Long-term care is an umbrella term to define various services aimed at improving the activities of daily living (ADLs) when seniors can no longer perform them independently. Bathing, dressing, and using the toilet are some common ADLs that may require support. Meals and transportation services can also be provided (“What is long-term care?” 2017). Long-term care is likely to be permanent and home-based in most situations. Fort Lauderdale adheres to the Florida Home Care for the Elderly (HCE) program, which confers a basic subsidy for the maintenance and some medical costs (“Home Care for the Elderly (HCE) Program,” 2011). Extra support may be granted for special equipment as incontinence and medical supplies, and wheelchairs. The Aging and Disability Resource Centers of Broward County monitor the program. Several skilled nursing facilities, home health care services, adult day-care centers, and assisted living facilities are available in Fort Lauderdale (“Fort Lauderdale, FL, senior guide,” 2020).

Family Caregiving

The family is the core of society, and relatives play several roles in assisting older family members. While providing emotional support, family caregivers deal with complex responsibilities, including making decisions that will impact the health and QQL of senior members of the family (National Academies of Sciences, Engineering, and Medicine, 2016). However, family caregivers are subjected to emotional stress and may suffer from depression and lowered well-being. This condition is called compassion fatigue and refers to the abuse of mental, emotional, and physical resources to care for others without recharging (“Caring for you, caring for others,” 2019). The Department of Elder Affairs of Florida supports families through the National Family Caregiver Support Program. The services offered include general information, individual counseling, respite care, and caregiver training. Based in Fort Lauderdale, the South Florida Institute on Aging offers the Respite for Elders Living In Everyday Families (RELIEF) Program, aimed at improving the capacity of caregivers to provide sustaining care to elders by offering in-home respite.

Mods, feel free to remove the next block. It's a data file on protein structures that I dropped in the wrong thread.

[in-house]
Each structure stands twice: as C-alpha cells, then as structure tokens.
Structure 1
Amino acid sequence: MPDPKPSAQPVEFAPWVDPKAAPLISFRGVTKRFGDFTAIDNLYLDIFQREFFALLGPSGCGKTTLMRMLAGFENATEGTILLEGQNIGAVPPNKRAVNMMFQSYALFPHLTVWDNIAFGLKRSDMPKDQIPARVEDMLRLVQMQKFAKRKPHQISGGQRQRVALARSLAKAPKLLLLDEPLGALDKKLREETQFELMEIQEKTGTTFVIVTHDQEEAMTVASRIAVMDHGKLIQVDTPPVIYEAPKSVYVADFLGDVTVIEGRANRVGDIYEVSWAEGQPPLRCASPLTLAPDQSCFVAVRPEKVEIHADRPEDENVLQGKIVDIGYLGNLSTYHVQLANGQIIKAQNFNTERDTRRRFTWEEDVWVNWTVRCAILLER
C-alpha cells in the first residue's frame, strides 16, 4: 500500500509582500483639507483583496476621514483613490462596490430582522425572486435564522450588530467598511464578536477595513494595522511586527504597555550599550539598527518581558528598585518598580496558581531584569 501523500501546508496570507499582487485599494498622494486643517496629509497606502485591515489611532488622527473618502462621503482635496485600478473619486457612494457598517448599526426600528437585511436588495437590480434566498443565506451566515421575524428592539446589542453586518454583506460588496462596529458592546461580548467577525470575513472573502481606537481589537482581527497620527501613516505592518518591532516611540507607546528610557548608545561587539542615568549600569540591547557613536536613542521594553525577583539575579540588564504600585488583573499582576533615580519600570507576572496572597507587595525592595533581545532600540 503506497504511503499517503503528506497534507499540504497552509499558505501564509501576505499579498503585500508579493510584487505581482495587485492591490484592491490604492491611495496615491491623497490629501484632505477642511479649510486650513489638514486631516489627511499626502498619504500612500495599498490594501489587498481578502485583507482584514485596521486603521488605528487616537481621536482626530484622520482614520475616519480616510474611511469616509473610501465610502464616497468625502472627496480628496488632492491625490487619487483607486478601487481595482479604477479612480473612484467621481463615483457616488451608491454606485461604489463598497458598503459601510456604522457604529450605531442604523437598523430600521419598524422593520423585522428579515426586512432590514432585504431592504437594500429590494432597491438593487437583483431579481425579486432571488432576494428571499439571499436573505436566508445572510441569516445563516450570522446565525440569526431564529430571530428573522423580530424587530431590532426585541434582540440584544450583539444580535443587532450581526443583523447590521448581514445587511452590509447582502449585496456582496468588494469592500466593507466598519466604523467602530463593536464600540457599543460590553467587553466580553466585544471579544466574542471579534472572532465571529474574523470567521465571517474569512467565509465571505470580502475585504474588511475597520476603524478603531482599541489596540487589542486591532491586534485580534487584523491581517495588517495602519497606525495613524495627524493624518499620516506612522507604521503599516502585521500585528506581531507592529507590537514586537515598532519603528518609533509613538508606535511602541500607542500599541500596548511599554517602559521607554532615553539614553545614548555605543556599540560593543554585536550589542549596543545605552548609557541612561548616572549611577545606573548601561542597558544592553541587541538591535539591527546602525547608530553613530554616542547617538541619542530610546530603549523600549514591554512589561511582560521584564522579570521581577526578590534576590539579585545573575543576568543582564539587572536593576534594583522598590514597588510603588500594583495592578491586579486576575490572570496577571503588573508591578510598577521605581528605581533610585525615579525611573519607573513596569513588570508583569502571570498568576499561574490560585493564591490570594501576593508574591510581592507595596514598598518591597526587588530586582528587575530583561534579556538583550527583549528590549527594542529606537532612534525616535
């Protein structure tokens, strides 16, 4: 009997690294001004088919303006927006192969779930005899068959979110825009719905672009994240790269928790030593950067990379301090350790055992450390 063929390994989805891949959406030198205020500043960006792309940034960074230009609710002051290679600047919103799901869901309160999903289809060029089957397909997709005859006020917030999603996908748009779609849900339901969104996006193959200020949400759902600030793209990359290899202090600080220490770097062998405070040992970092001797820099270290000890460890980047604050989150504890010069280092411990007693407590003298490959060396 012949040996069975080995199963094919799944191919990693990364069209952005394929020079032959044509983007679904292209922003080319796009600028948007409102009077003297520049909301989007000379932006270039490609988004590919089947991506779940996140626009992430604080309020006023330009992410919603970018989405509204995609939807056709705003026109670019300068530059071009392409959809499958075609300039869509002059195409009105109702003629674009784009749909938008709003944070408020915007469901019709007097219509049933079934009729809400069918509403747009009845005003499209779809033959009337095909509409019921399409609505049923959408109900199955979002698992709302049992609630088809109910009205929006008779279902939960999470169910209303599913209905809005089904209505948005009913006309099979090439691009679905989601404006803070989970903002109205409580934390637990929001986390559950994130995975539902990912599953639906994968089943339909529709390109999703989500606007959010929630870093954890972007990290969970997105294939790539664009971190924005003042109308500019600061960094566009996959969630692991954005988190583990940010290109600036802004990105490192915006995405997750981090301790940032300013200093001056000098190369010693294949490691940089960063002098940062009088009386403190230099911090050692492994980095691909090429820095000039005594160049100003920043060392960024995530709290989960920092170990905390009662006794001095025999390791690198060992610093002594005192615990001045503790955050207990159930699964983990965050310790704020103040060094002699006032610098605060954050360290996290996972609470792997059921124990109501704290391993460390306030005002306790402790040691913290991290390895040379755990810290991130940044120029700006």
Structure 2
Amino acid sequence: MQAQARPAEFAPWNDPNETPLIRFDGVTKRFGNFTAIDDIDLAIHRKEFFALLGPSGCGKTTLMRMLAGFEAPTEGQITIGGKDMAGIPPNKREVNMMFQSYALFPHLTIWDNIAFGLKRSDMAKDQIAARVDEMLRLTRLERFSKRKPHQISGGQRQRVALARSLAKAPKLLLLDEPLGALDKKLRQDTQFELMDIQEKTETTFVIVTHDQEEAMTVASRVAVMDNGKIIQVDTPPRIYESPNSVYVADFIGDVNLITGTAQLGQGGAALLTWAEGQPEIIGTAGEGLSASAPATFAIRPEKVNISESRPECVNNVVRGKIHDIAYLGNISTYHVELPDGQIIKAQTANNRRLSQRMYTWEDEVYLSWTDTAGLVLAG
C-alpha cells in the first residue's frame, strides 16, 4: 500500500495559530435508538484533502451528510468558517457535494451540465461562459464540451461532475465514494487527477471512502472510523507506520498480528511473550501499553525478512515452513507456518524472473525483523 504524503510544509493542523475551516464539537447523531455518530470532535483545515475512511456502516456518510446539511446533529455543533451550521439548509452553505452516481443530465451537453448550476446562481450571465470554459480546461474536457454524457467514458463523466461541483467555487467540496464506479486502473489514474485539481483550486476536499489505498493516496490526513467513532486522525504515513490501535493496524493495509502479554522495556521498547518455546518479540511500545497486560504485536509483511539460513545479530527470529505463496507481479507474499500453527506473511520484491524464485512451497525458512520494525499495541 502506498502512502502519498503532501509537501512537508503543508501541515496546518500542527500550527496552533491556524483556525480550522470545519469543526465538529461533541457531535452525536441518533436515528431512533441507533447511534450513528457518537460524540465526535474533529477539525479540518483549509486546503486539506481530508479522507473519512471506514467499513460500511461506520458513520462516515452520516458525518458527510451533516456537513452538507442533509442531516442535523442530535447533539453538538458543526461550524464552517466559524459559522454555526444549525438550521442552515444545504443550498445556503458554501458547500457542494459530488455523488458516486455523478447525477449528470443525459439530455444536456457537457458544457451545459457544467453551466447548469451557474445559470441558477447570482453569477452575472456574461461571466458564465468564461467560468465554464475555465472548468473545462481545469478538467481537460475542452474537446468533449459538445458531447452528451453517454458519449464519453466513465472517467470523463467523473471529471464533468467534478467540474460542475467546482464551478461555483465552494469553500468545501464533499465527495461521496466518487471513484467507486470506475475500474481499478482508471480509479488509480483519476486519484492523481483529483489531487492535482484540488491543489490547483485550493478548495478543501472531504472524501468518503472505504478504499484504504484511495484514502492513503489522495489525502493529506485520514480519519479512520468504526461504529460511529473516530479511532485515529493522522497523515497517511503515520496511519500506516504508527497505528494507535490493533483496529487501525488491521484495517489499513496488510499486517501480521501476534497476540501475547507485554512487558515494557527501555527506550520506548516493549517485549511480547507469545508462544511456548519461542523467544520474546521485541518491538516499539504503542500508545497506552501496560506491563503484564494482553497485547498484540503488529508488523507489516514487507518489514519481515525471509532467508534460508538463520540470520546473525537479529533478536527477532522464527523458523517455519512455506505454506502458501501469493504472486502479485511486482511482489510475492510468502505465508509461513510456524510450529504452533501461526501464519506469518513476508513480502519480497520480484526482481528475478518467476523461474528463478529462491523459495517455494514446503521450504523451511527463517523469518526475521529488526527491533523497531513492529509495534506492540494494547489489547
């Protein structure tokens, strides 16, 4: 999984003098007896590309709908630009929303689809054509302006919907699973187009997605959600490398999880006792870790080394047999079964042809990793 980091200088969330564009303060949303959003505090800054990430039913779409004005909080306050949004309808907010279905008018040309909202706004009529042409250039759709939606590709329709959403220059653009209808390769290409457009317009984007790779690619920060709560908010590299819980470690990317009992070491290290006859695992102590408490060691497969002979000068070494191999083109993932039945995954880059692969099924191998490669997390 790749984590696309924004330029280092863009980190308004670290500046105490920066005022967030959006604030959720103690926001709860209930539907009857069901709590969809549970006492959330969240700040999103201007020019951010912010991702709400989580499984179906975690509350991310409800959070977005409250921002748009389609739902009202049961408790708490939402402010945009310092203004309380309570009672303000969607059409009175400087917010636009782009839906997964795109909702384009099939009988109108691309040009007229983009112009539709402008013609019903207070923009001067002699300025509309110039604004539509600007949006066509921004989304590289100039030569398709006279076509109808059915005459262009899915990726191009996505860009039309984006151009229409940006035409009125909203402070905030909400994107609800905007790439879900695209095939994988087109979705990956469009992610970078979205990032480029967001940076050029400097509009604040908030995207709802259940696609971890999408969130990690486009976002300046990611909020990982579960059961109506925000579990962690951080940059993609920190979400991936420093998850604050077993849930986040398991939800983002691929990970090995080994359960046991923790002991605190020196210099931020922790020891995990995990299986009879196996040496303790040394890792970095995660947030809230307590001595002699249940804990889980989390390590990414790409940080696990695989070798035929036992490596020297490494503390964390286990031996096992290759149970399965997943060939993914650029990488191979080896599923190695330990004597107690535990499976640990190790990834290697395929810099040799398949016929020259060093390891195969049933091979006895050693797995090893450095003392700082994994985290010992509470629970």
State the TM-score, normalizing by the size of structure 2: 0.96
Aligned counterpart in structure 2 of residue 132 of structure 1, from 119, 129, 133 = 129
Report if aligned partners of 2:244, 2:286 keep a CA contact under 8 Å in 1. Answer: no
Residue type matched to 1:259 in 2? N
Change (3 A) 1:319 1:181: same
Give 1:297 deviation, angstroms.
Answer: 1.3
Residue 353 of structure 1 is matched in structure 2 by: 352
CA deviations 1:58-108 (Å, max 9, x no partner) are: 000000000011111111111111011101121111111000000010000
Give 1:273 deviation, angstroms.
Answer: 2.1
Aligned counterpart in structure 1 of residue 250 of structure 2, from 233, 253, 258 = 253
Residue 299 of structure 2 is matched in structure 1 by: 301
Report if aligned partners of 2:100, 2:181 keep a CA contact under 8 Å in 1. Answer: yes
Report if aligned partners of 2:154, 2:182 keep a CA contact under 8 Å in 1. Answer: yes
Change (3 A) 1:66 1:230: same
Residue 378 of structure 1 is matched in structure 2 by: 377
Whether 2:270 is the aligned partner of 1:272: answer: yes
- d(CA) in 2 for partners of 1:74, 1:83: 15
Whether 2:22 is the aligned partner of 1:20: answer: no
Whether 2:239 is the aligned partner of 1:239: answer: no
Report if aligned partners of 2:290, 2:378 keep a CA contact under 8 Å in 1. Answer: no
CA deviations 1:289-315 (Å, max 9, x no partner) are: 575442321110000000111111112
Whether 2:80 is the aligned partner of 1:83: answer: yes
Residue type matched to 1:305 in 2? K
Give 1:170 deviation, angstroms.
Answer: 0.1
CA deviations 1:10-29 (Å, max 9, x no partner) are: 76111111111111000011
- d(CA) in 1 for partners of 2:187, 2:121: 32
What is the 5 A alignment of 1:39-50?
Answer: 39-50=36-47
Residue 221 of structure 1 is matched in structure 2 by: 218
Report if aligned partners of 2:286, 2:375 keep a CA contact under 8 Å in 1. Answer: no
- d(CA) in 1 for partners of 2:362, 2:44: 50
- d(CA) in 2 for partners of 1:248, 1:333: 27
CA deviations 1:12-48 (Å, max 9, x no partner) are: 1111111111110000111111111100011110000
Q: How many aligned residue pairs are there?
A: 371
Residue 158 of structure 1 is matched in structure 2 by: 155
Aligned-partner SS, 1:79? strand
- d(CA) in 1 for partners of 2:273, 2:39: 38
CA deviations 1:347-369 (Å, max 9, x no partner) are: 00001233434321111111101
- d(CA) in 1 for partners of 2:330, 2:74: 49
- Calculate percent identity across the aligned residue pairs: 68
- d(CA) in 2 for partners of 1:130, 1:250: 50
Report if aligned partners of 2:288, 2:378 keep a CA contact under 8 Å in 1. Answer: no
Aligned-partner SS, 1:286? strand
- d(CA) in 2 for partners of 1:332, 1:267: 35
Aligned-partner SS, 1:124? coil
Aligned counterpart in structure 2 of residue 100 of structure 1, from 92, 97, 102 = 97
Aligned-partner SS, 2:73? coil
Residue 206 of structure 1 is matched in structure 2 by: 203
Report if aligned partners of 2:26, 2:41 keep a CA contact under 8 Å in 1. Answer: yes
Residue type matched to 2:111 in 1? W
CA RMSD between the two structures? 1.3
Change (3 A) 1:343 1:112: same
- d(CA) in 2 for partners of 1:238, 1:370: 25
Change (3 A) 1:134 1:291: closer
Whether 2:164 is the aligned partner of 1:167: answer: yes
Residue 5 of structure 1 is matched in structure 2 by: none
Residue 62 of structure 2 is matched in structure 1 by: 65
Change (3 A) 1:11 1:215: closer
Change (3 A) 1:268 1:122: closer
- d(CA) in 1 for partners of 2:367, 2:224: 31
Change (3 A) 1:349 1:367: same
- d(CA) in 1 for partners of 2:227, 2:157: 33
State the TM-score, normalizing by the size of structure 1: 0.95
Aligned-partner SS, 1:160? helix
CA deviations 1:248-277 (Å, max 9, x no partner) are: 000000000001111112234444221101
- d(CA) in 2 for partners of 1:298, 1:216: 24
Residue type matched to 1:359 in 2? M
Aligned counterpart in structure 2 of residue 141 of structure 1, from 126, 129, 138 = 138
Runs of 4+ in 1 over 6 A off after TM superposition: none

End-of-Life Care

When there are no more chances to recover from a disease and death is the only path left, medical support accompanies patients through the last stage of their life. Usually, end-of-life care occurs in hospices, specialized facilities for patients whose life expectancy is no longer than six months (Gonzales, 2020). End-of-life care alleviates physical pain and provides support for psychological and spiritual needs. Several healthcare structures offer end-of-life care in Fort Lauderdale, including Visiting Angels, Atlas, Kindred Hospital, and the Catholic Hospice. Overall, they offer 24/7 certified care to patients and professional communication with family members.


The excellent combination of a mild climate and tailored services makes Fort Lauderdale a favorite location for seniors. Since elders constitute 15% of the population, the municipality has developed adequate programs to increase independent self-care, promoting physical activities, social relations, and transport mobility. Independent living formulas and home assistance programs ease the elder population to live independently. Numerous rehab centers offer certified and trained services for various conditions requiring short-term therapies. When long-term care is required, support is provided through easing access to professional services and tailored counseling to family caregivers. Despite the overall good QQL of the senior population, there are some areas of improvement. A recent community assessment (Verité Healthcare Consulting, 2013) has highlighted a minor lack of access to affordable care, inadequate physician supply, insufficient public transportation, and linguistic barriers. Summing up, while the municipality of Fort Lauderdale ensures the thriving of an active elder population, some efforts should be undertaken to optimize some of the services provided.


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  13. Home assistance. (2020). Area Agency on Aging of Broward County. Web.
  14. Home care for the elderly (HCE) program. (2011). Department of Elder Affairs. Web.
  15. Senior independent living. (2020). SeniorHousingNet. Web.
  16. Verité Healthcare Consulting. (2013). Community health needs assessment. Cleveland Clinic. Web.
  17. What Is Long-Term Care? (2017). National Institute on Aging. Web.

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NursingBird. (2022, January 29). Geriatric Caregiving in Fort Lauderdale, Florida. Retrieved from


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"Geriatric Caregiving in Fort Lauderdale, Florida." NursingBird, 29 Jan. 2022,


NursingBird. (2022) 'Geriatric Caregiving in Fort Lauderdale, Florida'. 29 January.


NursingBird. 2022. "Geriatric Caregiving in Fort Lauderdale, Florida." January 29, 2022.

1. NursingBird. "Geriatric Caregiving in Fort Lauderdale, Florida." January 29, 2022.


NursingBird. "Geriatric Caregiving in Fort Lauderdale, Florida." January 29, 2022.